Nothing sounds glamorous about a 200-square-foot living space. In spite of all the great IKEA products that make small space living a little easier, decorating an extremely tiny home can be tricky. However thanks to a new creation from Ori, a startup born from an MIT Media Lab project, outfitting your small space is about to get a lot easier.
In collaboration with designer Yves Behar from Fuseproject comes a robotic furniture system called Ori Systems. This apartment-in-a-box turns into an office space, bedroom, and living room, simply with the push of a button. Initially announced in July 2016, the system comes in two sizes —Full and Queen— and is available today for pre-order in major U.S. and Canadian cities, exclusively for real estate developers (for now, at least).
Influenced by the growing number of urban micro-apartments and amount of people living in smaller spaces, CEO Hasier Larrea and four others initially created a prototype called CityHome that was activated by hand gestures, not a button. The early version morphed into a sleeker, better-designed unit more suited for a living space.
The idea behind the system is kind of genius. What looks like a large storage unit is actually an expandable multipurpose furniture system that ejects office, living, and bedroom furniture depending on your command, ranging from a sliding bed to a full closet to an entertainment center. Bringing the Ori System to life is as simple as plugging it into a standard electrical circuit; plus, it only uses about a tenth of the power used by a hairdryer, so it’s energy efficient as well.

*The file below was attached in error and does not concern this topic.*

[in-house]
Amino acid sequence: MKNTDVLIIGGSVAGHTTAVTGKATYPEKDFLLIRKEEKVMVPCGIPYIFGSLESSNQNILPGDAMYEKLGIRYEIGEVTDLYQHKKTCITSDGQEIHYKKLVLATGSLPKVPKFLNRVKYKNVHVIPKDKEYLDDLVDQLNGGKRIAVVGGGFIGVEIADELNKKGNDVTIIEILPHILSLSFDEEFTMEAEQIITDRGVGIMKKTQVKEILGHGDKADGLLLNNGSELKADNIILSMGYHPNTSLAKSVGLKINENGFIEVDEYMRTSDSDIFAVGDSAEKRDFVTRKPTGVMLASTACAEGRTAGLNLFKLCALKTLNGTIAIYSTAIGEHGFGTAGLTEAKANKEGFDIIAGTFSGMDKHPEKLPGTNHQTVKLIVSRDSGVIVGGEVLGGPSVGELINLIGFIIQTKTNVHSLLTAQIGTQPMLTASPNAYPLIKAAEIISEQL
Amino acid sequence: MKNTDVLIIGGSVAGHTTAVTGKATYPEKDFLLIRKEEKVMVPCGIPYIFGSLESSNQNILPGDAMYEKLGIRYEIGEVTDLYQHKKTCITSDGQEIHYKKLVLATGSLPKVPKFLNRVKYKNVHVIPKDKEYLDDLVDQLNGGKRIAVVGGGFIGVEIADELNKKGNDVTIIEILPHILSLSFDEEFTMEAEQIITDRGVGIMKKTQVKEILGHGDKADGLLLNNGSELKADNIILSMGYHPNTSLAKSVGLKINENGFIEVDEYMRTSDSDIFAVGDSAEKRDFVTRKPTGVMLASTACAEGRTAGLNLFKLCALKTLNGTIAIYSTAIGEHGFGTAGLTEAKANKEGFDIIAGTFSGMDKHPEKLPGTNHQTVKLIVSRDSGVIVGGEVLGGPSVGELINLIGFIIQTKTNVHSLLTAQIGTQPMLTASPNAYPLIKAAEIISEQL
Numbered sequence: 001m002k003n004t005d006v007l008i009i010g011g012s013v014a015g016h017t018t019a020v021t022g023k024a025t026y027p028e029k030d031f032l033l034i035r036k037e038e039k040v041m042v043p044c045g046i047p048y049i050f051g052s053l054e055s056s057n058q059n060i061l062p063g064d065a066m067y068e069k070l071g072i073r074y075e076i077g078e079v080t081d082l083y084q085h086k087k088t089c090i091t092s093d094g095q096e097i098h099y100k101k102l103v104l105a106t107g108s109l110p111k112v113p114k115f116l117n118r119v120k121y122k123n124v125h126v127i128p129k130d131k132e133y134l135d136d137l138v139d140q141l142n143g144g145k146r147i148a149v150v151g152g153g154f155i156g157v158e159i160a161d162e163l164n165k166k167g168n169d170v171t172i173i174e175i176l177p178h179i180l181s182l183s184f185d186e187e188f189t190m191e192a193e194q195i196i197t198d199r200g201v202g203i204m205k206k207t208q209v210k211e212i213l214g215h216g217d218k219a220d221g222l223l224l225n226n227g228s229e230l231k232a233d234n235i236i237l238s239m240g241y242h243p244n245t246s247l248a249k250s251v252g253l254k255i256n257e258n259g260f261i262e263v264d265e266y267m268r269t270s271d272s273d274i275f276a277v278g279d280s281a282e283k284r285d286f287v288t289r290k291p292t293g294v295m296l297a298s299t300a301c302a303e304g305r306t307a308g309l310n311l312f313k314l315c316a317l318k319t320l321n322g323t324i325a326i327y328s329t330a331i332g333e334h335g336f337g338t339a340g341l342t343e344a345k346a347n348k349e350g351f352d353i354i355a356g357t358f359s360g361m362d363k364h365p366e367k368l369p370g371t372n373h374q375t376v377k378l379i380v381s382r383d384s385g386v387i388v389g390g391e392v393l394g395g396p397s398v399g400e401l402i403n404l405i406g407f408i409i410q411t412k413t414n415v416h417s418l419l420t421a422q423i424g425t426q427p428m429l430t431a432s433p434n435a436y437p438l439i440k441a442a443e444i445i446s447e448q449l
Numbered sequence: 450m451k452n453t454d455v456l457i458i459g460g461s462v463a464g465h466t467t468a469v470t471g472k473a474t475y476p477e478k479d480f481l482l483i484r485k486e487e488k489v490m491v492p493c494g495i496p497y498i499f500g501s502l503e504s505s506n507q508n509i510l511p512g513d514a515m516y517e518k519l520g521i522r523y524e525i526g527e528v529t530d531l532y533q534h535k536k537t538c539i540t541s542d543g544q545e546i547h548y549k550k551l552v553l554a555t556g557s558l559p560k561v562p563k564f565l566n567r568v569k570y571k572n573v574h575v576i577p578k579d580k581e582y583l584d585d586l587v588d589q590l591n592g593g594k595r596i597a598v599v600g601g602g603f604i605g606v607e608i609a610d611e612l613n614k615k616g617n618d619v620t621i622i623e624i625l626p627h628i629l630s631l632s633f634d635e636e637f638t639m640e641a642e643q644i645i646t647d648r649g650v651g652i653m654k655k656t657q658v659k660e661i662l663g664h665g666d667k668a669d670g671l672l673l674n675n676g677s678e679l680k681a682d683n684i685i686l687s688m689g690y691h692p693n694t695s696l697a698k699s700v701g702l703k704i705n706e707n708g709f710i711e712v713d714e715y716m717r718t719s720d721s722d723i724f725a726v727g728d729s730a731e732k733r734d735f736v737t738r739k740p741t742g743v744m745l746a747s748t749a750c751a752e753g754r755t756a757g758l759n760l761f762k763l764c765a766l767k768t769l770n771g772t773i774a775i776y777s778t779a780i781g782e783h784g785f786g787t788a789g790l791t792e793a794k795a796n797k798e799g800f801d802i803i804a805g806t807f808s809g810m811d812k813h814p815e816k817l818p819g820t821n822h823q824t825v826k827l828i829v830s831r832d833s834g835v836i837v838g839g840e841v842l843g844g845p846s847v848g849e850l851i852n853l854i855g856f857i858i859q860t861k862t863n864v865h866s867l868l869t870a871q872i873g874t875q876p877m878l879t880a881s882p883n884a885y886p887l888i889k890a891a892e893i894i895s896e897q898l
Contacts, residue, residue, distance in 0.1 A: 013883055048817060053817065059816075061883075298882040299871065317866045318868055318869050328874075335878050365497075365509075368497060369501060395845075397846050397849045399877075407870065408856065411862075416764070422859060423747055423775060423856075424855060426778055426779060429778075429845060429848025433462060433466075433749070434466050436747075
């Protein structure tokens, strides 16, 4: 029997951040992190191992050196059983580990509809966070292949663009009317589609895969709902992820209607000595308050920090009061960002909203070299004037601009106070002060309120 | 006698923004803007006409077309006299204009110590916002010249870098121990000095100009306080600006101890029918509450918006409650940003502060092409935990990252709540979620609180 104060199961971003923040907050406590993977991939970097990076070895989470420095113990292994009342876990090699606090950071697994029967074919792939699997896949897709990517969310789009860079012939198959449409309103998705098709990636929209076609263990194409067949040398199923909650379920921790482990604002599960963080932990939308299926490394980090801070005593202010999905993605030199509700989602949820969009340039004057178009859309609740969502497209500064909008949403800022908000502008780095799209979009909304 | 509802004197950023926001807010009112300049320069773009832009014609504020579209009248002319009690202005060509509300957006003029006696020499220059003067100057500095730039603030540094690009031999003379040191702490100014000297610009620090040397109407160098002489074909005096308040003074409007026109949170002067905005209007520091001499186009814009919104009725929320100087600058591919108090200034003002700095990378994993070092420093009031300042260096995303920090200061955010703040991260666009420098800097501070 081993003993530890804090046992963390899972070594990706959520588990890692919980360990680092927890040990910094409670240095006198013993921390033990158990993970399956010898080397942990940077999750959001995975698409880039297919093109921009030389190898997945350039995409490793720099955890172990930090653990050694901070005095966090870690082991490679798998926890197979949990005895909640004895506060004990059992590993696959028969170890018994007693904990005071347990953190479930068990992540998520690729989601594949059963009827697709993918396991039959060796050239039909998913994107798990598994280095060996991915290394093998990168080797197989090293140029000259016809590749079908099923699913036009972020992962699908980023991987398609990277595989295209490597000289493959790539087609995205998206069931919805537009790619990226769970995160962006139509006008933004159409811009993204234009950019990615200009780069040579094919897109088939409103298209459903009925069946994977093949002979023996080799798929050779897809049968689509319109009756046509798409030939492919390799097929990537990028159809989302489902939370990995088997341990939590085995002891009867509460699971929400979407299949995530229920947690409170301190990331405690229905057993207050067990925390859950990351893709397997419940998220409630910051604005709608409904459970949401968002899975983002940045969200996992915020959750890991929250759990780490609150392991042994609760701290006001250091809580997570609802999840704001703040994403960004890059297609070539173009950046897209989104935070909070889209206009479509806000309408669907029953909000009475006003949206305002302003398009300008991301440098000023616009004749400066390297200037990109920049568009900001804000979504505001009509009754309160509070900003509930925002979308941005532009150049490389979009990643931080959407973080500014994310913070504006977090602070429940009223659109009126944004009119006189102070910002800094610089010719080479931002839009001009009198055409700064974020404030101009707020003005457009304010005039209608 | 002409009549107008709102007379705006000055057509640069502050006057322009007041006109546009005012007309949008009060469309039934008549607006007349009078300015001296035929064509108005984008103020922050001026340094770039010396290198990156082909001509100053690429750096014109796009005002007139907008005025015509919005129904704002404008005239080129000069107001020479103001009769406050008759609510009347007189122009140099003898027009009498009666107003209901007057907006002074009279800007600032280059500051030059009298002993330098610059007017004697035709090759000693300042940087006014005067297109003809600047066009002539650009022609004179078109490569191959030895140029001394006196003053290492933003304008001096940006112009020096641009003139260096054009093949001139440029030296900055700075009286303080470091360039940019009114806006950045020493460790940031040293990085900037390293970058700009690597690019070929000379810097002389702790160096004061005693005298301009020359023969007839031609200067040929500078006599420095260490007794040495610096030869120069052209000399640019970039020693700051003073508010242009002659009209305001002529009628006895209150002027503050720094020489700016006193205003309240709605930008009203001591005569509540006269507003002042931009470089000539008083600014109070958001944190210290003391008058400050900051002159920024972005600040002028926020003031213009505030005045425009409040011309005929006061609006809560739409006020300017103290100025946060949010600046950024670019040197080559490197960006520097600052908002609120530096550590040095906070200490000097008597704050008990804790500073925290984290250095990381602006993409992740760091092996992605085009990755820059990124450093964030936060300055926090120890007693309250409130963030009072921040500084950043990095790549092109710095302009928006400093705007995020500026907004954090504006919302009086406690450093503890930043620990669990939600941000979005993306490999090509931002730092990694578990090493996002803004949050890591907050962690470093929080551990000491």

Moving the unit is easy, thanks to a button that when pushed, will slide the unit back against a wall to make more space for the living area. If you’re confused as to what this might look like, Ori created a video to demonstrate the technology.
Despite its impressive futuristic-like tech abilities, developers at Ori have been working on making the unit even smarter. The final product will come with an app, which allows owners to shift the system to a pre-determined setting even when they’re not home, and is Alexa-friendly. Add furniture commanding to the virtual assistant’s already long list of abilities.
As of right now, Ori isn’t available to the average consumer —though interested parties can stay updated on when that will change here— but development companies wanting to buy the units for their properties will have to pay a steep price. At $10,000, Ori Systems aren’t exactly the most financially-sound purchases for those of us not living in a small apartment by choice. But given the rising trendiness of tiny homes around the world, don’t be surprised if you start seeing these apartments-in-a-box crop up in luxe homes in the near future.
Read more about small space living:
How To Squeeze A Dining Room Into A Small Space
The Best Small Spaces We’ve Seen This Year
How A Family Of Four Lives Comfortably In 650 Square Feet